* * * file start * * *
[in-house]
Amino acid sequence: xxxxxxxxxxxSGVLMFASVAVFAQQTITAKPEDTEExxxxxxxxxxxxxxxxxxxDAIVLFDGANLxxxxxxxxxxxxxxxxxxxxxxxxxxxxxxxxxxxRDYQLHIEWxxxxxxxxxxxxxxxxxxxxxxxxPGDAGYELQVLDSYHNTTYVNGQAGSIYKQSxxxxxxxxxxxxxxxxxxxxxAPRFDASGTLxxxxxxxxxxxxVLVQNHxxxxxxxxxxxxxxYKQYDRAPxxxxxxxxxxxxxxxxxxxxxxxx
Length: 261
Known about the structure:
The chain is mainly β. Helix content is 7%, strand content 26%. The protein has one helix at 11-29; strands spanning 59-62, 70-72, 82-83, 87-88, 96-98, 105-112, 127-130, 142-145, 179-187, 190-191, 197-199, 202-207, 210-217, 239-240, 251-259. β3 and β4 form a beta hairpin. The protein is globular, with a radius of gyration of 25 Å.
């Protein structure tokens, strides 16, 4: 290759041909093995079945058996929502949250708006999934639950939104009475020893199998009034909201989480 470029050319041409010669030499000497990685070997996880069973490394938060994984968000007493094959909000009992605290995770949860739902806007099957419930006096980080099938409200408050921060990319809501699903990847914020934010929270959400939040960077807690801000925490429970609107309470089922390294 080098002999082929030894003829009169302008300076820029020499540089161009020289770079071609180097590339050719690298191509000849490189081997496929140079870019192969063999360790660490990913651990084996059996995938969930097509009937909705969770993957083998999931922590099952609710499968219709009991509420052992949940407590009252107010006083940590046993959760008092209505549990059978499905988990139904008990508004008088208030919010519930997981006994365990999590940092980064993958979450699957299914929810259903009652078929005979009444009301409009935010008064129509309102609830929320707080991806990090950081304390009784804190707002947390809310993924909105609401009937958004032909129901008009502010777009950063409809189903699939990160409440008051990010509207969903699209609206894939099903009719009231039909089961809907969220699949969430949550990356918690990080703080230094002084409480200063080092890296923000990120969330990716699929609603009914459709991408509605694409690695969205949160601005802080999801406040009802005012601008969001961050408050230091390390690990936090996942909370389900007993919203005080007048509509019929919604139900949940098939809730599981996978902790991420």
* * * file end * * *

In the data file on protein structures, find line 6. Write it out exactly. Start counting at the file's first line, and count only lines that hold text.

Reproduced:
């Protein structure tokens, strides 16, 4: 290759041909093995079945058996929502949250708006999934639950939104009475020893199998009034909201989480 470029050319041409010669030499000497990685070997996880069973490394938060994984968000007493094959909000009992605290995770949860739902806007099957419930006096980080099938409200408050921060990319809501699903990847914020934010929270959400939040960077807690801000925490429970609107309470089922390294 080098002999082929030894003829009169302008300076820029020499540089161009020289770079071609180097590339050719690298191509000849490189081997496929140079870019192969063999360790660490990913651990084996059996995938969930097509009937909705969770993957083998999931922590099952609710499968219709009991509420052992949940407590009252107010006083940590046993959760008092209505549990059978499905988990139904008990508004008088208030919010519930997981006994365990999590940092980064993958979450699957299914929810259903009652078929005979009444009301409009935010008064129509309102609830929320707080991806990090950081304390009784804190707002947390809310993924909105609401009937958004032909129901008009502010777009950063409809189903699939990160409440008051990010509207969903699209609206894939099903009719009231039909089961809907969220699949969430949550990356918690990080703080230094002084409480200063080092890296923000990120969330990716699929609603009914459709991408509605694409690695969205949160601005802080999801406040009802005012601008969001961050408050230091390390690990936090996942909370389900007993919203005080007048509509019929919604139900949940098939809730599981996978902790991420």